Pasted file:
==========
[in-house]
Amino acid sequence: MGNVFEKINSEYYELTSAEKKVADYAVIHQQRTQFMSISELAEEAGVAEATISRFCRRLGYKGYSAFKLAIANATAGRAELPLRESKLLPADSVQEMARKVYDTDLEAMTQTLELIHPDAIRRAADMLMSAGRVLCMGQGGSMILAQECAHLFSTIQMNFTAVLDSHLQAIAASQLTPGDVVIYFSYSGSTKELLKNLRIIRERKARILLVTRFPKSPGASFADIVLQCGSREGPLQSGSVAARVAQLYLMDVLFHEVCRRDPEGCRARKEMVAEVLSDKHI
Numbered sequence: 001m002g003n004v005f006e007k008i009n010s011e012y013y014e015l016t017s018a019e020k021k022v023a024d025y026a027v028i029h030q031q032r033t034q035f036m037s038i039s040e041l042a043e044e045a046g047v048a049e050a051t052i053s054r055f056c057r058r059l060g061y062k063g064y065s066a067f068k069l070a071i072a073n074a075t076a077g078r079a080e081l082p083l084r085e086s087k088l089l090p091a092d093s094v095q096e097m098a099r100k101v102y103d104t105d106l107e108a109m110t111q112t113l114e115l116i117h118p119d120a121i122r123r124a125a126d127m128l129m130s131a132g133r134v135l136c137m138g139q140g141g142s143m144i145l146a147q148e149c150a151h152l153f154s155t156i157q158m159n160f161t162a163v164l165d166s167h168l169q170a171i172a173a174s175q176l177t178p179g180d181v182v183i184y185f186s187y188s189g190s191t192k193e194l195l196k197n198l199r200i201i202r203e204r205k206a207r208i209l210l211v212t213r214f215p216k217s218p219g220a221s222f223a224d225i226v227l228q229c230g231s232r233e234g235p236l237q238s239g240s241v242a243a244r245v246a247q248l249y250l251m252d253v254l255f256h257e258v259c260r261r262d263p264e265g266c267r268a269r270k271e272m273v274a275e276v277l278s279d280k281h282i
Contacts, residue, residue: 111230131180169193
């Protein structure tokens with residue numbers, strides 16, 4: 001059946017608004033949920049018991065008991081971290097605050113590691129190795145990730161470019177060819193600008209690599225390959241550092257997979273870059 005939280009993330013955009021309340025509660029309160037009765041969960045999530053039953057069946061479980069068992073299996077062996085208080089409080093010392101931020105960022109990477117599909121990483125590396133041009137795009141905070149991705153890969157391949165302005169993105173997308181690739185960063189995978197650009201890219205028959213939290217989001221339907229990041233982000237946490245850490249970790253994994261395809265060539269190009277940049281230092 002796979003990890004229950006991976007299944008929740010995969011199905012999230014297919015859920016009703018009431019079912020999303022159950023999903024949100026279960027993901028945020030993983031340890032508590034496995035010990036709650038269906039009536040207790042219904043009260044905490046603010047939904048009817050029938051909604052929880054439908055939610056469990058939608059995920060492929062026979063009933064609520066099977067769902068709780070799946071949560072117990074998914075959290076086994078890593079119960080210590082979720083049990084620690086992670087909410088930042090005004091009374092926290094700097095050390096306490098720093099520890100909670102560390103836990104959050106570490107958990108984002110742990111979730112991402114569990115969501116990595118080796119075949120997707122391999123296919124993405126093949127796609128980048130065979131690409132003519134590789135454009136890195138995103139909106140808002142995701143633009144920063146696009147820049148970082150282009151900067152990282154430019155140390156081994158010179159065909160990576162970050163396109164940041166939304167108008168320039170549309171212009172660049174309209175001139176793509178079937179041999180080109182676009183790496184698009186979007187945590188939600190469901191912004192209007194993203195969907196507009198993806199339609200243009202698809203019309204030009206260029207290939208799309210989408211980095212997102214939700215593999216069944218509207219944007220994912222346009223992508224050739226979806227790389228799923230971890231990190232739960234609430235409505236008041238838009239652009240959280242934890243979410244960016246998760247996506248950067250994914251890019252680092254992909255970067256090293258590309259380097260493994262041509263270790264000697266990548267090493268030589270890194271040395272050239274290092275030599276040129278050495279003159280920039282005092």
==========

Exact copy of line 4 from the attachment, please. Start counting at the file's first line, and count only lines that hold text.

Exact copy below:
Contacts, residue, residue: 111230131180169193